Frankly, it’s amazing to us that the market had been so resilient! Perhaps it’s because our recent history with stocks and viruses is that markets tend to overreact. This leads to significant buying opportunities along the way. Over a 38-day trading period, during the height of the SARS virus back in 2003, the S&P 500 index fell by 12.8%. During the Zika virus, which occurred at the end of 2015 and into 2016 the market fell by 12.9%. There are other examples, several examples, but they all passed, resulting in the market’s recovery and rapid move back up hitting record highs.

What should we expect from the economy through the rest of the year?

From a macro-economic point of view, the real question is: how will this impact the US economy over the coming year? In short, our view has not changed. We believe the U.S. is relatively insulated with a fantastic health system. The U.S. started the year with solid economic data. So far, nothing has changed. In fact, with all the data we already have on hand, we are expecting around 2% growth in Q1. Most of the impact to the U.S. from the Coronavirus will come in Q2.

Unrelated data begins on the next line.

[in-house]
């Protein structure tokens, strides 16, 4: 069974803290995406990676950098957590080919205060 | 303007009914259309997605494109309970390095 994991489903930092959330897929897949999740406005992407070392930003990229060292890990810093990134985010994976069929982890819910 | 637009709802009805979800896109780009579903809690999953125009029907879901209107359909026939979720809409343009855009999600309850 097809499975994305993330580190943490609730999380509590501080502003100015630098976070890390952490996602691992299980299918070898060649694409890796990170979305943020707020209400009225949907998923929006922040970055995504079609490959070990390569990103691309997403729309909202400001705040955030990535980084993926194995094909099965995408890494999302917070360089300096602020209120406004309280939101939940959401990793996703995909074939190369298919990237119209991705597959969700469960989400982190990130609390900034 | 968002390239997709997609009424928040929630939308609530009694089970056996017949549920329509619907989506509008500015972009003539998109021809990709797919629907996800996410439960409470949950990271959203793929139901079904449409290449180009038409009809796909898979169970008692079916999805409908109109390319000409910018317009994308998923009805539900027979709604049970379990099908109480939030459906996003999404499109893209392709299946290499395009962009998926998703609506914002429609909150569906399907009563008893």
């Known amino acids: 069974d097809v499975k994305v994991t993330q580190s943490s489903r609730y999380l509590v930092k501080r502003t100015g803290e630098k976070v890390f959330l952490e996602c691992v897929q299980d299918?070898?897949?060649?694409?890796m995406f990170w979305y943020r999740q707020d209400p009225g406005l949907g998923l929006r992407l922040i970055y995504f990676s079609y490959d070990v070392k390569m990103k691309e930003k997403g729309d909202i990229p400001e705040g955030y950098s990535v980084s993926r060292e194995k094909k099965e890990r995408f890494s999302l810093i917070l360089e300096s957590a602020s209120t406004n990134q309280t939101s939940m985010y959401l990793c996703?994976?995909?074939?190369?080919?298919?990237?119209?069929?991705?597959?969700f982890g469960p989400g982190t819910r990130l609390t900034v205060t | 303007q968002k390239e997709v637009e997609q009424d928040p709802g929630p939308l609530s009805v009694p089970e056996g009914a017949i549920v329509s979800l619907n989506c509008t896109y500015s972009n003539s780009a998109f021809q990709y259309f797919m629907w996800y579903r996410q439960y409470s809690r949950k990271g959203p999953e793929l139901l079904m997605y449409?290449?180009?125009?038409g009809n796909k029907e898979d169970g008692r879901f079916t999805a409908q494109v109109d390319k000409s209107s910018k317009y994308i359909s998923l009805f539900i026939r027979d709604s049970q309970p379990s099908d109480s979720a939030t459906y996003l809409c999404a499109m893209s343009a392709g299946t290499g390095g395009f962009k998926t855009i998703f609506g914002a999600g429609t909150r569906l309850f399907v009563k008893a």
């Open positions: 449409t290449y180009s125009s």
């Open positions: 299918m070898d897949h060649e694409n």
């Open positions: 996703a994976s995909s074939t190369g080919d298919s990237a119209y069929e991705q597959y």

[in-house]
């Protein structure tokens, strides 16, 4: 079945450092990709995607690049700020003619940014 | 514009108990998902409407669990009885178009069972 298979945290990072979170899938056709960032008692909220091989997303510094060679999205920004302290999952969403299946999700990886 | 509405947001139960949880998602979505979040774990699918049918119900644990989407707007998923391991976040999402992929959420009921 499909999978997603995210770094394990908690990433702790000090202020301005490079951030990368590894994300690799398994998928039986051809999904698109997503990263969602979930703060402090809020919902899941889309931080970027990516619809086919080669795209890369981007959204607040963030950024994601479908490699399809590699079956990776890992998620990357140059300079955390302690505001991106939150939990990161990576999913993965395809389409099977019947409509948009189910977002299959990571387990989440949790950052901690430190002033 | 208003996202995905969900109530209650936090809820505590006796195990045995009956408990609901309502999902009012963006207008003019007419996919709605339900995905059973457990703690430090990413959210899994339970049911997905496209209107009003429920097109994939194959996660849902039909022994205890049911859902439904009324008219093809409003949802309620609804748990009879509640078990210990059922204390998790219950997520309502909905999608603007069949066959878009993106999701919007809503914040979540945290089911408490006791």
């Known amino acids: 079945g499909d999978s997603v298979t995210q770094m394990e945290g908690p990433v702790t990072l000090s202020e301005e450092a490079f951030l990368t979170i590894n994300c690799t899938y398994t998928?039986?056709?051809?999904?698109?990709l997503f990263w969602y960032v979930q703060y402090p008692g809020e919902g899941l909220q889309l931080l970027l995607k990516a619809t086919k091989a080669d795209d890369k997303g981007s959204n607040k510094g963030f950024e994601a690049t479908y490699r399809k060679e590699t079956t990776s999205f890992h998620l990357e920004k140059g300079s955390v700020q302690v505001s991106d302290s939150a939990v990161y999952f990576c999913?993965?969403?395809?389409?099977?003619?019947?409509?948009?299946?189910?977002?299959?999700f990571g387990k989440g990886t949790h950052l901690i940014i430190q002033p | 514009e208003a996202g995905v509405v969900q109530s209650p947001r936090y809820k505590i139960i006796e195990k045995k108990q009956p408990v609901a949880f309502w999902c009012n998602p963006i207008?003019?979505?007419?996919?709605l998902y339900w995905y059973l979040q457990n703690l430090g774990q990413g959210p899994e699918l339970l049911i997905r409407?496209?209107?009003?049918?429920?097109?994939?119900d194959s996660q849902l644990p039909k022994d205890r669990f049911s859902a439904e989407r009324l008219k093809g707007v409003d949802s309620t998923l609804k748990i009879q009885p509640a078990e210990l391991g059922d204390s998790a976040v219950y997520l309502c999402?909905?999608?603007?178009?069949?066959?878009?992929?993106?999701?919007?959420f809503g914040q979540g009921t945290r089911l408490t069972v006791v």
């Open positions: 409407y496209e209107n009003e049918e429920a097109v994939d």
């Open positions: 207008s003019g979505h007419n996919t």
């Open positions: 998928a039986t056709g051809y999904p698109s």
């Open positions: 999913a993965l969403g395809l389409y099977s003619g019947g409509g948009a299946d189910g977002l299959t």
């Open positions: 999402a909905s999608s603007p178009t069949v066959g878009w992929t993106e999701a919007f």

Imports and Exports

Capital goods exports to China along with imports from China are sure to be depressed given the struggle to reopen factories abroad. Most Chinese factories are still only operating at about 50-60% of capacity. Shipping giant, Maersk, has already said it has cancelled more than 50 trips to and from Asia. With China being home to seven of the world’s busiest container ports, there is bound to be some impact. Inventories in the U.S. are projected to deplete more rapidly, but once the virus subsides, we can expect faster accumulation of inventories in the second half of the year beginning in Q3.

Revenues and Earnings